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BMJ 2006; 332 doi: http://dx.doi.org/10.1136/bmj.332.7533.104 (Published 12 January 2006) Cite this as: BMJ 2006;332:104
  1. Harvey Marcovitch (h.marcovitch@btinternet.com), BMJ syndication editor

    Silence soothes the savage breast

    Different types of music (and silence) have a detectable effect on blood flow, blood pressure, and breathing characteristics. Twelve musicians and 12 controls listened in random order to six types of music: slow and fast classical, dodecaphonic, techno, rap, and raga. They were monitored throughout for heart rate, blood pressure, cerebral artery blood velocity, respiratory movements, and end tidal CO. In all subjects, breathing rate, heart rate and blood pressure increased proportionally to the tempo and, perhaps, complexity of the rhythm. Music style or personal preference had little effect. Musicians had slower baseline breathing rates but breathed faster than controls at faster tempos, presumably because they are trained to breathe in synchrony with music.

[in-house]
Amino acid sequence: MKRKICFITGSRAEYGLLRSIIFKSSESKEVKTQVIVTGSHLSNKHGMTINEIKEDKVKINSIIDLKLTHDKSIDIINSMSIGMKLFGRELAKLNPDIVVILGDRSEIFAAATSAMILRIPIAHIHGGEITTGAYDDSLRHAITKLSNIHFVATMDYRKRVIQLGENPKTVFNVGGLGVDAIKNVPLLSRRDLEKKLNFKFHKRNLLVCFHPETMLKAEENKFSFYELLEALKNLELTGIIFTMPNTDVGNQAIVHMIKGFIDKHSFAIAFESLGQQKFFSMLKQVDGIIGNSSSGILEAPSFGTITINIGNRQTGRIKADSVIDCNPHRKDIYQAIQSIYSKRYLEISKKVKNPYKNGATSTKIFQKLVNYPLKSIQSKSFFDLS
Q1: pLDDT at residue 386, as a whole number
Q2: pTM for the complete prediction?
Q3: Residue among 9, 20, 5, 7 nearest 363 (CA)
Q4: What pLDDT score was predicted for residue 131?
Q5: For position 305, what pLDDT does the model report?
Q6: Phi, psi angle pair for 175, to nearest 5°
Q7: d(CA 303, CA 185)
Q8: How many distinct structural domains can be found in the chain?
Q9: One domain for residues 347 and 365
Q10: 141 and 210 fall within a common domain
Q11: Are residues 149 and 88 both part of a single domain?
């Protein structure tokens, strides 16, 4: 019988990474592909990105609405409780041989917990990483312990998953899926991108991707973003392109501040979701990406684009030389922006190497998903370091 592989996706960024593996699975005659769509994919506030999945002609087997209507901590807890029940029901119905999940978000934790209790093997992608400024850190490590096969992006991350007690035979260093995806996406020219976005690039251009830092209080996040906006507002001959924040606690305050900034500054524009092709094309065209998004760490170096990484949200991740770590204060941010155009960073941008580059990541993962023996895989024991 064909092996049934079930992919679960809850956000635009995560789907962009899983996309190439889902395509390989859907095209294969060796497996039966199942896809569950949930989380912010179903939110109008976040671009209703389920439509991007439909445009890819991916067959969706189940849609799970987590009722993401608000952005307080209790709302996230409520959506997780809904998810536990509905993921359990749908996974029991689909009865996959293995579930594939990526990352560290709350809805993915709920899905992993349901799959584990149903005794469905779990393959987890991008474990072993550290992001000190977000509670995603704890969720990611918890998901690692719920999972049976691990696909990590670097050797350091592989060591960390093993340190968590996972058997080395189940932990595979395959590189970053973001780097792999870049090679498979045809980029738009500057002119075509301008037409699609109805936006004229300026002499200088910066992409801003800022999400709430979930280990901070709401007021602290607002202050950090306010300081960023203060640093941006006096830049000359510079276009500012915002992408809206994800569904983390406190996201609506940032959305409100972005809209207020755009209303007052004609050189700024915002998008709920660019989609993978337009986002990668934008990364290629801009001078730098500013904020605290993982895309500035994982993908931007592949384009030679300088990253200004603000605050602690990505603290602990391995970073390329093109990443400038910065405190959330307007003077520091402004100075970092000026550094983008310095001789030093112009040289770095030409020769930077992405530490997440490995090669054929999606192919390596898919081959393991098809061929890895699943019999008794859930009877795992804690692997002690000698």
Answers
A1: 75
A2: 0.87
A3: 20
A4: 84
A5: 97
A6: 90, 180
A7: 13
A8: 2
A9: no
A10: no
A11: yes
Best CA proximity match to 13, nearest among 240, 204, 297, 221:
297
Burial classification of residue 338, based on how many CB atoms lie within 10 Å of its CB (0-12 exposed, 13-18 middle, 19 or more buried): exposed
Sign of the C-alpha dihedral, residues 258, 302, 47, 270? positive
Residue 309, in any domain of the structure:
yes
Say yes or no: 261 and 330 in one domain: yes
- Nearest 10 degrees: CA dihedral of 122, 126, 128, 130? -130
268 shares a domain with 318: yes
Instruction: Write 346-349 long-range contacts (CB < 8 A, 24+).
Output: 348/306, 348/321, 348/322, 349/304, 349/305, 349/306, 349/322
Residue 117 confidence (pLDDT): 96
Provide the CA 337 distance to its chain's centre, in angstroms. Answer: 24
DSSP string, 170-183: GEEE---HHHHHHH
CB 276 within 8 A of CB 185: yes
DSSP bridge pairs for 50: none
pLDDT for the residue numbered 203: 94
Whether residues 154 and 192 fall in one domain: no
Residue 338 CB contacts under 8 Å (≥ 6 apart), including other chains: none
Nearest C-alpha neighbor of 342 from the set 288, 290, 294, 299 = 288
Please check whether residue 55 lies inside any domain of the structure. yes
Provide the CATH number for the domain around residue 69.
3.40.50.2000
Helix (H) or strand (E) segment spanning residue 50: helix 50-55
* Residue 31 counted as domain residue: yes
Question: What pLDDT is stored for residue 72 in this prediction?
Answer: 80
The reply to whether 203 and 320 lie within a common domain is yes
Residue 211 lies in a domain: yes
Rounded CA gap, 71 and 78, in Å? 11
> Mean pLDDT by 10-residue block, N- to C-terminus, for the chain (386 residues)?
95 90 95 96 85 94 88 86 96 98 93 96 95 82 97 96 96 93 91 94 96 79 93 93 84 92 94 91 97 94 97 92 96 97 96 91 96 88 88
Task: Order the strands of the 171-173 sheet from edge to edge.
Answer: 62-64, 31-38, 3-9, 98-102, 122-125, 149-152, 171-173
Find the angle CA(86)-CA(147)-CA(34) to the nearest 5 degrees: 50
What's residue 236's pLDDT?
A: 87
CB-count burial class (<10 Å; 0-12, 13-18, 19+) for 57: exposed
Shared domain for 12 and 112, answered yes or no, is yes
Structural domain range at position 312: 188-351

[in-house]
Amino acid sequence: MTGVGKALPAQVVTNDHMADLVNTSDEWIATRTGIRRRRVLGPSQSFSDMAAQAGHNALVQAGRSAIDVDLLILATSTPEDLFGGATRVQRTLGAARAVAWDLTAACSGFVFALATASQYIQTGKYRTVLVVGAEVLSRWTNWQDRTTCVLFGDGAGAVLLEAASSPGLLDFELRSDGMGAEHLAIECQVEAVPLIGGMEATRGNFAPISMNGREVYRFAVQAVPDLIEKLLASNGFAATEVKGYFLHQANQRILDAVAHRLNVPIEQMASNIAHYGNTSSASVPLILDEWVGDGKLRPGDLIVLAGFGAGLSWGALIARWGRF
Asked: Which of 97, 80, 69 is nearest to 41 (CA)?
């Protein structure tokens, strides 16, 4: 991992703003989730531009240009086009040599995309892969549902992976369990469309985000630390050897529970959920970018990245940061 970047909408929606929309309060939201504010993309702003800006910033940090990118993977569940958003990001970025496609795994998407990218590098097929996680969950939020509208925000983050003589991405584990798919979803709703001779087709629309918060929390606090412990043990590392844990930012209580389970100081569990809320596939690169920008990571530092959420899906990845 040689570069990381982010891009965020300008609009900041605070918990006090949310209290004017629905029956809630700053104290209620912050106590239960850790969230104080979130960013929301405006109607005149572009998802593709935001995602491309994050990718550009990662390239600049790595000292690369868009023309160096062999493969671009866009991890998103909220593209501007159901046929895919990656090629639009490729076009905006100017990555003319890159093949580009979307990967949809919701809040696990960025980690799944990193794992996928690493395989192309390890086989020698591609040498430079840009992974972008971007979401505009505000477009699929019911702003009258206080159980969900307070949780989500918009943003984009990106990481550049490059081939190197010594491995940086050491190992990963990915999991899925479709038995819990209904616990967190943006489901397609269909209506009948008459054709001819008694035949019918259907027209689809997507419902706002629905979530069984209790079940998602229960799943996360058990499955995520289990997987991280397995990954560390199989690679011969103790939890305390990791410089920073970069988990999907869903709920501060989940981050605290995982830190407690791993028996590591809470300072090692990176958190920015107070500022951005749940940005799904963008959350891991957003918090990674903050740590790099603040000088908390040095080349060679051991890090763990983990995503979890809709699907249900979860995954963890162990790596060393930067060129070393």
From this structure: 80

Pauses for silence reduced all the variables so that the subjects were …

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